Author Interview with Jens Lyon
The writers I have interviewed have taught me a lot about the self-publishing industry, and I always look forward to hearing about what and why they write. Author Jens Lyon (pen name) published her book as a teaching tool to be used to put on musicals in class, getting kids out of lecture mode and into hands-on learning about dinosaurs and other animals. She has utilized her elementary education degree and unique imagination to create her 50 page story. Be sure to check out her blog as well as the links to her book below.
1. How many books have you written and where can you buy them?
I started writing when I was eight, but Time Trip: A Dinosaur Musical is the first book I've published. It's about a team of scientists in the year 2121 who travel to the Cretaceous period, unaware that their Science Center's lone resident crocodile has stowed away on board their time machine. Most of what happens in the Cretaceous period is seen from the crocodile's perspective. This crocodile has always lived in captivity and is amazed by this whole new world filled with reptiles who are both strange and familiar. Eventually, the crocodile has to decide whether to stay in the Cretaceous period or go back to the year 2121.
Time Trip: A Dinosaur Musical came out last week and is available at Amazon. Here are some links:
For those in the European Union, check your country’s Amazon page. Type "Jens Lyon" into the search window and my book should pop up. I don’t know if Amazon plans to sell it anywhere else.
You can also buy my book via CreateSpace: https://www.createspace.com/5734866
2. What famous books can you compare to your own?
It's a little bit like the Magic School Bus series, where the characters travel to various locations and learn about science.
H.G. Wells created the first literary time machine, so I owe him a debt of gratitude.
Time Trip: A Dinosaur Musical is similar to the various Reader's Theater books in the sense that the story is in the form of a script. But Reader's Theater is mainly for classroom readings without scenery, costumes, or props. My book can be used that way, too. However, it has a special section for teachers who are interested in staging a full-scale school musical with all the bells and whistles. Song lyrics based on traditional children's/folk tunes are woven into the script. They are also included separately so teachers can easily reproduce them and distribute them to students.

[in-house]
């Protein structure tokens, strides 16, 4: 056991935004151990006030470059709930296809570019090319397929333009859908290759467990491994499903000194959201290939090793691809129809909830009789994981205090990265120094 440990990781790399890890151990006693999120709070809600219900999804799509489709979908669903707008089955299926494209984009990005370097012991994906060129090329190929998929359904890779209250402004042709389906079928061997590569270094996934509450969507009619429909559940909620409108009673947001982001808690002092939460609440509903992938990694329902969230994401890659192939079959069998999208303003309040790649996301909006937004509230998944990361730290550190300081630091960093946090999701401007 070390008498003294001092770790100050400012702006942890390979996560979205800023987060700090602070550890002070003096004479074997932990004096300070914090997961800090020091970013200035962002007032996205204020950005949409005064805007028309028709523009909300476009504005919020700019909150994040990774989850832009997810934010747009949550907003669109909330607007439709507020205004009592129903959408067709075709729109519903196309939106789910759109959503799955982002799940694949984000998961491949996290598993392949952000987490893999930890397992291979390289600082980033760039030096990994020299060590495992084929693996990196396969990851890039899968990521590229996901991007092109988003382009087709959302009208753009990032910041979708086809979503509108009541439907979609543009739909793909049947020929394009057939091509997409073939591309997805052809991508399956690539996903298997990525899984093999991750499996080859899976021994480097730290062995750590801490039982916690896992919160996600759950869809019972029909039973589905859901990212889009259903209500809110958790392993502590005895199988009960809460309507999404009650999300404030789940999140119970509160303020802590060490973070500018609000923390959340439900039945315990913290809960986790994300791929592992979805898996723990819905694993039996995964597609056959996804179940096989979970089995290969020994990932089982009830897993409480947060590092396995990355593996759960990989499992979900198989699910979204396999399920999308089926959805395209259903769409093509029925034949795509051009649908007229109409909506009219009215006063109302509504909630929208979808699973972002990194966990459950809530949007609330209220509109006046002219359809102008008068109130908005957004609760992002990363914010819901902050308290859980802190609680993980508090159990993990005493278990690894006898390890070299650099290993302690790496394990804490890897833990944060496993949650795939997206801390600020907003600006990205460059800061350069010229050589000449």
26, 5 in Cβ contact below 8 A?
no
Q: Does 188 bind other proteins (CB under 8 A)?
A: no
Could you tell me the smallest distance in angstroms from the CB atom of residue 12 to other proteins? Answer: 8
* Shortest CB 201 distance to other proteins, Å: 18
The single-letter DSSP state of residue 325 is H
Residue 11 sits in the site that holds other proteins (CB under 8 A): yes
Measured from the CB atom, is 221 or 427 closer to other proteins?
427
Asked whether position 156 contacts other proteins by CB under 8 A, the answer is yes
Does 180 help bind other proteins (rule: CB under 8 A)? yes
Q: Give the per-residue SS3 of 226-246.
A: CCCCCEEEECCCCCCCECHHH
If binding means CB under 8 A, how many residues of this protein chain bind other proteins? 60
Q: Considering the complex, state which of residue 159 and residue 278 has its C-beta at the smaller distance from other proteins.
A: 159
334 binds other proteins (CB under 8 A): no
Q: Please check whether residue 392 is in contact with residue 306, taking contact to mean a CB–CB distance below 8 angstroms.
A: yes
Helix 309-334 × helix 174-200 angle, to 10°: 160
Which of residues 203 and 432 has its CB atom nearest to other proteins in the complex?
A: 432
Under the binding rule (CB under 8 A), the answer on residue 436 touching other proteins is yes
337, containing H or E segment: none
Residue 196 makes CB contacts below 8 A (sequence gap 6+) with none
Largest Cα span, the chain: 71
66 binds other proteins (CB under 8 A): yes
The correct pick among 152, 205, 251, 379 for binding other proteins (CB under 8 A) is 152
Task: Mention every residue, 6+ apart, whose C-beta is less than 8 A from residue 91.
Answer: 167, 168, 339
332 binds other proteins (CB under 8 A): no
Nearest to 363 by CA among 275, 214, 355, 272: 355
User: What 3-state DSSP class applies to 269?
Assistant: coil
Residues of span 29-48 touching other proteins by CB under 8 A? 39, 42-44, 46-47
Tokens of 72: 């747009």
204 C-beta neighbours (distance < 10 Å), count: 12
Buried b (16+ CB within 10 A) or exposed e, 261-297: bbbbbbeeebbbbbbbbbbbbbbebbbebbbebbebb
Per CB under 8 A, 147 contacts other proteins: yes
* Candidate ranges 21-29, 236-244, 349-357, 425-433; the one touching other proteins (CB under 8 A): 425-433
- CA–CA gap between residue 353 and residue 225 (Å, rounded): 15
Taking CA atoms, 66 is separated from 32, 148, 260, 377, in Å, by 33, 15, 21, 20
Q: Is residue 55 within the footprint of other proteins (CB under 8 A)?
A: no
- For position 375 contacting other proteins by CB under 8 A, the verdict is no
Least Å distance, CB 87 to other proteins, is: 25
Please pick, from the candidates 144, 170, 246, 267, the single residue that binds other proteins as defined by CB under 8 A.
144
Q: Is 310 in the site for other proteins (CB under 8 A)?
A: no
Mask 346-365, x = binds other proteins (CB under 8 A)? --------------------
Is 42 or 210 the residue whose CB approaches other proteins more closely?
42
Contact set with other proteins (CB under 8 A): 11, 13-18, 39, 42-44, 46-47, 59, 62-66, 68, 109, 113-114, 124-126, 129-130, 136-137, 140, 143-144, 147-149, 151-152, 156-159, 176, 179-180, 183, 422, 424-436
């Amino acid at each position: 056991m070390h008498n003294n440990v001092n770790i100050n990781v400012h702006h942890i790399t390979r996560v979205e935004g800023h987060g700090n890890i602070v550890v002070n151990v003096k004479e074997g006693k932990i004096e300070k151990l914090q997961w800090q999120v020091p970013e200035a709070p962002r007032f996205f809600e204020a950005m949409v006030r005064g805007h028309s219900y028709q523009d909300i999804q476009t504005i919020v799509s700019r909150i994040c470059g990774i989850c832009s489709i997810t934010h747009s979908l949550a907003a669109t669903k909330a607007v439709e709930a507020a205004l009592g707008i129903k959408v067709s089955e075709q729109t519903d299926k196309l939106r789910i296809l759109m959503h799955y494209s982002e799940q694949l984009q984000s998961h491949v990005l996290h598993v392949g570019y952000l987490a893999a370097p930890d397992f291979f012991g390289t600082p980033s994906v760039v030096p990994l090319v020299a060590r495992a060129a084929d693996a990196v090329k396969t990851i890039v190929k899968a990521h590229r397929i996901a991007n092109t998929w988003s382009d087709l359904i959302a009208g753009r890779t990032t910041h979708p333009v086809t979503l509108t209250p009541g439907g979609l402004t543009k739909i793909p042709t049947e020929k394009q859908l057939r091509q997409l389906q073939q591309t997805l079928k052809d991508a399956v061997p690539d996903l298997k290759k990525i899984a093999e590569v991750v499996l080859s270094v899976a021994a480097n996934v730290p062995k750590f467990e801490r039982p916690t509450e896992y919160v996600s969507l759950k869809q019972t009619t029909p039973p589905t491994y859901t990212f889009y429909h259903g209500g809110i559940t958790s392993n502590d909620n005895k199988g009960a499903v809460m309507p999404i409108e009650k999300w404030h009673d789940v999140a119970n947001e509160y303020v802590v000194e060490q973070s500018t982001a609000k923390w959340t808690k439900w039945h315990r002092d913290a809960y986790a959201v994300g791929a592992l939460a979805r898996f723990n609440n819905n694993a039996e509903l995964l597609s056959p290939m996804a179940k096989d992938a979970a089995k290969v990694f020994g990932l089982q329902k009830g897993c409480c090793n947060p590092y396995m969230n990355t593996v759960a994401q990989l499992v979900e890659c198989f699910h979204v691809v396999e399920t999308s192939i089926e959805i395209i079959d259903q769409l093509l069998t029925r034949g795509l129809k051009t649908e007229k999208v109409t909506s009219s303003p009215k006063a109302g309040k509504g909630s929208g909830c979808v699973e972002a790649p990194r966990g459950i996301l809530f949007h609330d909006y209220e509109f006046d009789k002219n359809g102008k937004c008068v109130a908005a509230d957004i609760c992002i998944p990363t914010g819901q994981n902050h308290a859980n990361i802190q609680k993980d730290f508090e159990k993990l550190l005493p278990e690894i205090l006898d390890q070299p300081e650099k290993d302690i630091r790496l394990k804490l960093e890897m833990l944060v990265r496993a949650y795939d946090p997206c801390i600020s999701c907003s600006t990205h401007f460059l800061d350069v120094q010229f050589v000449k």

3. Why do you write for this particular age group?
I usually write for adult readers, but I have a degree in elementary education and I've worked with kids in this age group (8-12). A friend of mine who teaches music at a Montessori school asked me to write a dinosaur play for her students. That’s how Time Trip: A Dinosaur Musical was "born."
4. How autobiographical are your books?
Most of my writing is not autobiographical. I enjoy just making stuff up!
The teachers' section in Time Trip: A Dinosaur Musical does contain some details from real life, especially about the original show we put on at the Montessori school. There were certain things that worked well for us that I wanted to share. For example, if you are building a time machine out of cardboard, decorate it with a string of LED lights!
5. What’s the best compliment that you’ve ever received about your writing?
When someone needs a writer and asks me to do the job, I consider that a compliment.
6. What has been your greatest moment as a writer so far?
Seeing a published copy of Time Trip: A Dinosaur Musical for the first time was a great moment. A real book— yay!
7. Where do you get your covers?
I made the artwork for the cover of Time Trip: A Dinosaur Musical myself. The cover design came from one of the CreateSpace templates. I spent a lot of time playing around with the colors until I found a combination that looked right.
8. Who is your biggest fan?
My parents and my nieces are my biggest fans.
9. What is next for you?
I plan to publish a novel for adults called Red Flags. It’s a coming-of-age story about an elite figure skater from the Soviet Union.
10. End with a quote (from one of your books, a favorite quote by someone else, or one that has been on your mind recently).
"There's just one person in the whole world like you. And people can like you just the way you are—" Fred Rogers.